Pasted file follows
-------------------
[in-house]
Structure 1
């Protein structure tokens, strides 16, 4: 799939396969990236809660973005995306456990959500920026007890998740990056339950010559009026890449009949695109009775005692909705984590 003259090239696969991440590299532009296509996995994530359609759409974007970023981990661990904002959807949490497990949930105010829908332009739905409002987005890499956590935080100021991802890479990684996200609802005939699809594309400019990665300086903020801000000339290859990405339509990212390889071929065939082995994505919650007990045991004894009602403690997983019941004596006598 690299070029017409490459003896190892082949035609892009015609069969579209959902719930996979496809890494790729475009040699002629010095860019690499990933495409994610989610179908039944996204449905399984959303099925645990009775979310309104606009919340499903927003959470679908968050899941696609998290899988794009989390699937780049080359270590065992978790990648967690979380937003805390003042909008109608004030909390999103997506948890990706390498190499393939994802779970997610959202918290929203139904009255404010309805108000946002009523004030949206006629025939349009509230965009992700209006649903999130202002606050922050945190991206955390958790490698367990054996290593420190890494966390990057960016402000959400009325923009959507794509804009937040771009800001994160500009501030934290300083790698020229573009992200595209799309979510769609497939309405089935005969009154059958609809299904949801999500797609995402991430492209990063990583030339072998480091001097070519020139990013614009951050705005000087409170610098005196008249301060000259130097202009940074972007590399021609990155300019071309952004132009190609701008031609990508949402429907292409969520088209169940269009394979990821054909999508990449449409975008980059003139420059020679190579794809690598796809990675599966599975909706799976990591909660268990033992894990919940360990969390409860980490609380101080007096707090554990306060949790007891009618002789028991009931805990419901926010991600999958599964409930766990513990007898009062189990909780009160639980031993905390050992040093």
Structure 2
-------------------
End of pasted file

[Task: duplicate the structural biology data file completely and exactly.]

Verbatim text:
[in-house]
Structure 1
């Protein structure tokens, strides 16, 4: 799939396969990236809660973005995306456990959500920026007890998740990056339950010559009026890449009949695109009775005692909705984590 003259090239696969991440590299532009296509996995994530359609759409974007970023981990661990904002959807949490497990949930105010829908332009739905409002987005890499956590935080100021991802890479990684996200609802005939699809594309400019990665300086903020801000000339290859990405339509990212390889071929065939082995994505919650007990045991004894009602403690997983019941004596006598 690299070029017409490459003896190892082949035609892009015609069969579209959902719930996979496809890494790729475009040699002629010095860019690499990933495409994610989610179908039944996204449905399984959303099925645990009775979310309104606009919340499903927003959470679908968050899941696609998290899988794009989390699937780049080359270590065992978790990648967690979380937003805390003042909008109608004030909390999103997506948890990706390498190499393939994802779970997610959202918290929203139904009255404010309805108000946002009523004030949206006629025939349009509230965009992700209006649903999130202002606050922050945190991206955390958790490698367990054996290593420190890494966390990057960016402000959400009325923009959507794509804009937040771009800001994160500009501030934290300083790698020229573009992200595209799309979510769609497939309405089935005969009154059958609809299904949801999500797609995402991430492209990063990583030339072998480091001097070519020139990013614009951050705005000087409170610098005196008249301060000259130097202009940074972007590399021609990155300019071309952004132009190609701008031609990508949402429907292409969520088209169940269009394979990821054909999508990449449409975008980059003139420059020679190579794809690598796809990675599966599975909706799976990591909660268990033992894990919940360990969390409860980490609380101080007096707090554990306060949790007891009618002789028991009931805990419901926010991600999958599964409930766990513990007898009062189990909780009160639980031993905390050992040093």
Structure 2